Garden Aloes

Tree Aloes

Aloes that grow to small tree size with branching trunks that form multiple heads and have the general, branched profile of a tree.

Aloe dichotoma

The beautiful & distinctive Aloidendron dichotomum (Aloe dichotoma) is one of the largest Aloes and is a well known, common garden feature in South Africa. Aloidendron dichotomum is an extremely tough tree that may reach an age of over 80 years and a height of approximately 7 metres. The tree is found in very dry habitats in Namibia and South Africa and provides food and shelter for many insects, mammals and birds. Elegantly tapered branches are topped by succulent rosettes of aloe leaves, with butter yellow flowers produced in winter. Read more about Aloe dichotoma

Aloe 'Goliath'

The moderately popular hybrid Aloe 'Goliath' is a tree-like aloe hybrid that grows 12+ feet tall with long broad medium green leaves that arch over and taper to a long narrow tip. Read more about Aloe 'Goliath'

Aloe 'Hercules'

Originating from the coastal central Africa region and South Africa, Aloe Hercules is a hybrid tree aloe that is a cross between Aloe barberae (A. bainesii) and Aloe dichotoma. With this massive tree-like succulent's impressive looks it can become the focal point of your cactus garden or desert landscape as well as offer superior drought tolerance. The heavy, forking trunk and branches, as well as the stunning rose-colored tint of the leaves stately, bring a sculptural pattern and visual interest to any landscape. Read more about Aloe 'Hercules'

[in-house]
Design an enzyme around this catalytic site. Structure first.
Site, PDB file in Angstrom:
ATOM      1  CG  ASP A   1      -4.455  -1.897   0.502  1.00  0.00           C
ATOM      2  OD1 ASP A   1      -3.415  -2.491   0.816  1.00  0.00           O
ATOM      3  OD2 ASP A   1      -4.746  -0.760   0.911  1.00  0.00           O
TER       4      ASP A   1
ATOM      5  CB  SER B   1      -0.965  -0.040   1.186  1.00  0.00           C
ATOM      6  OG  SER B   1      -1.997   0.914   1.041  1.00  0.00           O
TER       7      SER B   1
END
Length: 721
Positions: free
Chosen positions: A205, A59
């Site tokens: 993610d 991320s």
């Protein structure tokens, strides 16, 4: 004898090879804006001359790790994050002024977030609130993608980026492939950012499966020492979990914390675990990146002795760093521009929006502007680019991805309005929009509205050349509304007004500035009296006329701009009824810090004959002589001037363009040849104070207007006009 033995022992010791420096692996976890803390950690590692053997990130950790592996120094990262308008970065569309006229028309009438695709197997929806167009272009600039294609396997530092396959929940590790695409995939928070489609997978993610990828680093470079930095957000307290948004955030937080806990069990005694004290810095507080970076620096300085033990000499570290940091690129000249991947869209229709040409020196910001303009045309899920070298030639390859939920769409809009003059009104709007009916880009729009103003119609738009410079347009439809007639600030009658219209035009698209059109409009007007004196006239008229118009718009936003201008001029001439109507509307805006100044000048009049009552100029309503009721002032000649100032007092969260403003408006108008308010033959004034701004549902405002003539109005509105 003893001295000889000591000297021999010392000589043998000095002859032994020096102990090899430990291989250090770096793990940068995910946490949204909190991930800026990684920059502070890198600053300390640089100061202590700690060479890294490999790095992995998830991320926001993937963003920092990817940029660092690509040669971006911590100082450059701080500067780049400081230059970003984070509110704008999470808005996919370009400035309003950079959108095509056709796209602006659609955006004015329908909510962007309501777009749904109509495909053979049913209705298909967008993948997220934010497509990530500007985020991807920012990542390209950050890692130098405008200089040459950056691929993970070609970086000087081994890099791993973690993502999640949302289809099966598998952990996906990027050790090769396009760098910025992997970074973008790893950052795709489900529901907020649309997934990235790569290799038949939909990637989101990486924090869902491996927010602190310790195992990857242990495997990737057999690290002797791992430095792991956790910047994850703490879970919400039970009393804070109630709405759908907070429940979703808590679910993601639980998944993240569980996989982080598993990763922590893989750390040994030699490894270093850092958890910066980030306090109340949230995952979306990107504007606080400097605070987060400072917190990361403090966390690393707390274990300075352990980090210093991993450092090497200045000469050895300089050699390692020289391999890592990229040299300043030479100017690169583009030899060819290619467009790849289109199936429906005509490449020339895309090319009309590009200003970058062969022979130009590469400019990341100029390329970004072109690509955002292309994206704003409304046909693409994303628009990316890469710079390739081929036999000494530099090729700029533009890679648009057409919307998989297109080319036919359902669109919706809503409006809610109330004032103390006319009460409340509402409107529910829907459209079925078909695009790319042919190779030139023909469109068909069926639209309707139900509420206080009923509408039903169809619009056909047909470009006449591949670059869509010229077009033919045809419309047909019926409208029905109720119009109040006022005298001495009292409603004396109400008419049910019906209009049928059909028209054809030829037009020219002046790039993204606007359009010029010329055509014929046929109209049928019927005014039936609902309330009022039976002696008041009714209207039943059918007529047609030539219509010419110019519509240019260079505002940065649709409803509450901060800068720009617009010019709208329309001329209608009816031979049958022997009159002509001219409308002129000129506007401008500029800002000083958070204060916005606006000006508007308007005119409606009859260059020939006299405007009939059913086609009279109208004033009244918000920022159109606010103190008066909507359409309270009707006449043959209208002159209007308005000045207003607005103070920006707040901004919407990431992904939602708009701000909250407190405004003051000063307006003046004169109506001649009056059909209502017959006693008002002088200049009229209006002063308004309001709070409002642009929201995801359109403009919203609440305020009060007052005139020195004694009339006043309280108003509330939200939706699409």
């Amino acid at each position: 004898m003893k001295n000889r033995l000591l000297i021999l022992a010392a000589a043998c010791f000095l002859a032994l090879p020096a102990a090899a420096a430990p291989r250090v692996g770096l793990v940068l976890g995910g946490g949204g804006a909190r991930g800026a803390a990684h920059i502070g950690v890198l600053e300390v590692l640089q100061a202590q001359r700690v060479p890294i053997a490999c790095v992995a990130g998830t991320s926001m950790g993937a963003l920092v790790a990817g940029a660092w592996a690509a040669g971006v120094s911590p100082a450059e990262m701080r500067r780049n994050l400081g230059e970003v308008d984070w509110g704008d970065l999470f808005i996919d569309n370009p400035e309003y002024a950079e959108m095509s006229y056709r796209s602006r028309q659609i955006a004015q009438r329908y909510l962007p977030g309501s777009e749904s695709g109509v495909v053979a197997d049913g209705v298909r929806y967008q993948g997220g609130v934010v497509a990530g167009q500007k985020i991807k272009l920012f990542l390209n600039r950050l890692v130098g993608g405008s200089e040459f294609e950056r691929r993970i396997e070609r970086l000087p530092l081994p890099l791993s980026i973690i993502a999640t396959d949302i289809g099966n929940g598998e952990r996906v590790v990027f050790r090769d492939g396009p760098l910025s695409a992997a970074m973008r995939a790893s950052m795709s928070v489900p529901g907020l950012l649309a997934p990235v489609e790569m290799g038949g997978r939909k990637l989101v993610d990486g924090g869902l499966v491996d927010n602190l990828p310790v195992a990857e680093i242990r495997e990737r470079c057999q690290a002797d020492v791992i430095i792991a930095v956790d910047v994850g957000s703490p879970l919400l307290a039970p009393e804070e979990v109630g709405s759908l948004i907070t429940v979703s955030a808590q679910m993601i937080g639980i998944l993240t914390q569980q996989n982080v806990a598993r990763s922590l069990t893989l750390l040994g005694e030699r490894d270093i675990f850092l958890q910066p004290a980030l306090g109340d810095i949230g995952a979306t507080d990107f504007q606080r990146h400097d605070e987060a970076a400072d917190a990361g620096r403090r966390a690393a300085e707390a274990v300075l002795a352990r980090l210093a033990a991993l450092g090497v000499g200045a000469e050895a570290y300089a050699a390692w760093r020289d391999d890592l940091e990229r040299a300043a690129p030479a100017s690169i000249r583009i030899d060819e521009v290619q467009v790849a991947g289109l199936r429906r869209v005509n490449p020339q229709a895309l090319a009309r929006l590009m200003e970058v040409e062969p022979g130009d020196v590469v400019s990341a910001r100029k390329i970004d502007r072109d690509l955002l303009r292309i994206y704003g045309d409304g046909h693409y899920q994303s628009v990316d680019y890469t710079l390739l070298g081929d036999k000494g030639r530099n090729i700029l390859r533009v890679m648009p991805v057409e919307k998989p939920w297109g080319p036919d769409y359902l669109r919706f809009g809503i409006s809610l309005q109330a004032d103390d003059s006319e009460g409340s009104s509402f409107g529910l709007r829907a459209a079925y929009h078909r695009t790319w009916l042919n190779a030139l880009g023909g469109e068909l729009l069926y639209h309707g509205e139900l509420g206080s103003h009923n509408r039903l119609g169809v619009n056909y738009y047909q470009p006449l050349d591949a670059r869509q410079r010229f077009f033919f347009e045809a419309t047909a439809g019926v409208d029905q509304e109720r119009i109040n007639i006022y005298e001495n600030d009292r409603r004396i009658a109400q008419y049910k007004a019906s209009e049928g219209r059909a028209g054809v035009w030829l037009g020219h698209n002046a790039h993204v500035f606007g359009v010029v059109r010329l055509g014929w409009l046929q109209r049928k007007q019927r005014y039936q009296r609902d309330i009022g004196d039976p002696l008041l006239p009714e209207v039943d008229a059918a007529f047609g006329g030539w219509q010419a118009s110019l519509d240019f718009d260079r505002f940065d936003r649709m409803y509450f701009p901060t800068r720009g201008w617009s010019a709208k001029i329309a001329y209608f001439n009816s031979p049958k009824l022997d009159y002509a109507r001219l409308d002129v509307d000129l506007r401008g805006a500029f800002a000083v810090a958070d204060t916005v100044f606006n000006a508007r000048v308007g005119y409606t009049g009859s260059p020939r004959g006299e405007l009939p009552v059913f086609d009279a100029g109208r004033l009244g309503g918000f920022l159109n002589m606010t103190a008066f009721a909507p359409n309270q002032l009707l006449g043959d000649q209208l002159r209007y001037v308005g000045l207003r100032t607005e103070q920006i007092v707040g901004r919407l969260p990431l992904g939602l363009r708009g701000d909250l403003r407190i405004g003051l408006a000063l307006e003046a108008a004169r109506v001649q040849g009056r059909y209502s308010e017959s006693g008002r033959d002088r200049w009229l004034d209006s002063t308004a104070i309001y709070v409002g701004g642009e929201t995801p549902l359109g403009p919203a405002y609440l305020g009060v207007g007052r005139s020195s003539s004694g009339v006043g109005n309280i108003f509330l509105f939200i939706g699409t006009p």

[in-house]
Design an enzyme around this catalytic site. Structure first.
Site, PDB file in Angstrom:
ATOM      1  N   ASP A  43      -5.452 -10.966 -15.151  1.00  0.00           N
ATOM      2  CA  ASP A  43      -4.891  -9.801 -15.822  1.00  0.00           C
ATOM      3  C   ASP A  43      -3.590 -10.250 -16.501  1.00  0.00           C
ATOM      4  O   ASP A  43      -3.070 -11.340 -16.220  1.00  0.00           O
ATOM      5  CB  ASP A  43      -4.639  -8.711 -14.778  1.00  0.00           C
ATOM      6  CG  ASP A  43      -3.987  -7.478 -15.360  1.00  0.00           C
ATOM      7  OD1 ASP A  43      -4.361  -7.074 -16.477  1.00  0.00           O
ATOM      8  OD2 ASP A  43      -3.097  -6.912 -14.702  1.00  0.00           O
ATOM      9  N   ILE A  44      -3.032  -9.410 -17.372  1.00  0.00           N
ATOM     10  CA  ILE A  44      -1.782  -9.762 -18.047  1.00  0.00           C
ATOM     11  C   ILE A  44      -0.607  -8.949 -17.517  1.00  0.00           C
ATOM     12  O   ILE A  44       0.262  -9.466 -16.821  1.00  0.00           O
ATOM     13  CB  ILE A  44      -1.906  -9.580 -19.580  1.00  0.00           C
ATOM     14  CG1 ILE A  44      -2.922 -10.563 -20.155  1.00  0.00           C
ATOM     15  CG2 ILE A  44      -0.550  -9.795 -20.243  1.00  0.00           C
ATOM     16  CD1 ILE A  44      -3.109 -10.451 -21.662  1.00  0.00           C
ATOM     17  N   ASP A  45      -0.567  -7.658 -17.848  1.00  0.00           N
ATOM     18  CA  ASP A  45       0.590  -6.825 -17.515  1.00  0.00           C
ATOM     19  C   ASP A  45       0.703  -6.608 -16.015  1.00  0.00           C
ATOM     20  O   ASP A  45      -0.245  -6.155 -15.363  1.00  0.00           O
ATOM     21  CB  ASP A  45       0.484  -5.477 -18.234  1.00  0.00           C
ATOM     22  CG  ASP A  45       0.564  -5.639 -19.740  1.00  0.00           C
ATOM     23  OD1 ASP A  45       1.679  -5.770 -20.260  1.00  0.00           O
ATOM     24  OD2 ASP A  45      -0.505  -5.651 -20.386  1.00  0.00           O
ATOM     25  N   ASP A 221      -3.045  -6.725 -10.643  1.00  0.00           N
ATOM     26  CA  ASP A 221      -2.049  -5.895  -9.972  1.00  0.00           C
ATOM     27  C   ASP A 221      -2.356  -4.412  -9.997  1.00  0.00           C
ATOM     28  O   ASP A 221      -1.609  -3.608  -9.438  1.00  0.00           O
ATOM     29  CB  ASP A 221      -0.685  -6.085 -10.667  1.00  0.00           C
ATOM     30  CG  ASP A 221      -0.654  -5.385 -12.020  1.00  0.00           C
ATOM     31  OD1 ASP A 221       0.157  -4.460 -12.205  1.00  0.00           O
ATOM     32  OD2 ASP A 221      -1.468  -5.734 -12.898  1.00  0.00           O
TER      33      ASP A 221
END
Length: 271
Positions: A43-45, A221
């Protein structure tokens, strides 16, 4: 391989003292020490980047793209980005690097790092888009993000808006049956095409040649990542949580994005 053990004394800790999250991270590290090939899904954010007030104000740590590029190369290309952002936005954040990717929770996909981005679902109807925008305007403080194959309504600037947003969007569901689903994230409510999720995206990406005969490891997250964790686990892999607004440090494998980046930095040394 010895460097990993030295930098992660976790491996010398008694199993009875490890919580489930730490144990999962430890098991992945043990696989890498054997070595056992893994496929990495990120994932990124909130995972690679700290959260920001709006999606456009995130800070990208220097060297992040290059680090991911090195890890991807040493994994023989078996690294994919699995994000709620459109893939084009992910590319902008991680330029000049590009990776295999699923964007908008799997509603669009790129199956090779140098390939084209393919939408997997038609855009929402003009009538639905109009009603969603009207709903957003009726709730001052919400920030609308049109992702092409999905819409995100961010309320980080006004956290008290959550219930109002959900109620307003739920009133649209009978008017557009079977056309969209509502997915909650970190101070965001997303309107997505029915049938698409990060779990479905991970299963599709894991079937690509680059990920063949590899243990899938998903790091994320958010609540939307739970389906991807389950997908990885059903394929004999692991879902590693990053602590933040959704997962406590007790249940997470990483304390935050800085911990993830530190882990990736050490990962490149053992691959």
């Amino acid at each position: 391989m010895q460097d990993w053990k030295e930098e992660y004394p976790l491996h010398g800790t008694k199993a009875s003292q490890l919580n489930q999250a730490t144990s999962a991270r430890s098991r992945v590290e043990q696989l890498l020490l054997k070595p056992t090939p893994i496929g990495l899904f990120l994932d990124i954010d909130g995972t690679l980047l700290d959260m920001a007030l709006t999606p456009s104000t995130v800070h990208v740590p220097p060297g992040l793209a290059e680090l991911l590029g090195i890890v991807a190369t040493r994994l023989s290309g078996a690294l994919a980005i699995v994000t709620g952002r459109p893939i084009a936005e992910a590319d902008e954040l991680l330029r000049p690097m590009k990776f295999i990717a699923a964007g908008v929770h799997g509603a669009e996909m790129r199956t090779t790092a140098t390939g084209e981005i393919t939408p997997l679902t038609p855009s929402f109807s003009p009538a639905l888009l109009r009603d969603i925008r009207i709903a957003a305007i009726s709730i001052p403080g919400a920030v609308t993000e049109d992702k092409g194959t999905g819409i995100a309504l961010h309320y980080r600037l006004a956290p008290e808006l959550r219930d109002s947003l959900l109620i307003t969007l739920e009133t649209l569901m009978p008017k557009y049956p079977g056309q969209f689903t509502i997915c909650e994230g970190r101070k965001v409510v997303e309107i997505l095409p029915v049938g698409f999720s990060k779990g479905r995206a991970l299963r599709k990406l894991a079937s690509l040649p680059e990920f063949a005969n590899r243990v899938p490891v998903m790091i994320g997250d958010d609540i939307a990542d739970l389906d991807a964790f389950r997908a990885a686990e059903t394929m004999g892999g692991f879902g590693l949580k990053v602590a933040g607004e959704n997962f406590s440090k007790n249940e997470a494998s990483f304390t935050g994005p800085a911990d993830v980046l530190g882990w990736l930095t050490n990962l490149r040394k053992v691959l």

Aloe mawii

Aloe mawii is native to Malawi, Mozambique, and southern Tanzania and one of the shorter, almost shrubby tree-like aloes. This species grows to 6 feet tall, sparsely branched with a dense rosettes of 2 foot long red tinged grey-green leaves with reddish margins and orange-brown teeth. Read more about Aloe mawii

Aloe pillansii

Indigenous to southern Africa, Aloidendron pillansii (formerly Aloe pillansii) is a succulent tree that is impressively sculptured by time and the elements of the desert. This is one of the tallest and most prized of all the tree aloes; only Aloidendron barberae gets taller and more massive. As well as being beautiful, Aloe pillansii is also one of the most endangered plants in all of Africa. This succulent tree is noted to grow to 30 to 40 feet in habitat but likely grow to a much smaller size in cultivation. Read more about Aloe pillansii

Aloe barberae

Aloidendron barberae is Africa's largest aloe-like plant that grows into a tree ranging from 30 to 50 feet tall or more with upright-growing thick mottled gray stems. This South African native is a striking sculptural tree aloe with grey, smooth, bark bearing a rounded, neat crown and salmon pink flowers in winter. Read more about Aloe barberae

Aloe tongaensis

Aloidendron tongaense (Aloe tongaensis) is a freely branching, heavy stemmed tree Aloe bears masses of puffy orange/apricot flowers in late winter. This medium-to-large sized tree aloe, with a rounded crown, growing to 9-12+ feet tall, looks very similar to both Aloe barberae and Aloe eminens. Aloe tongaensis has 18 inch long pale green rubbery leaves that often take on a orange hue during the cooler months of the year. Read more about Aloe tongaensis

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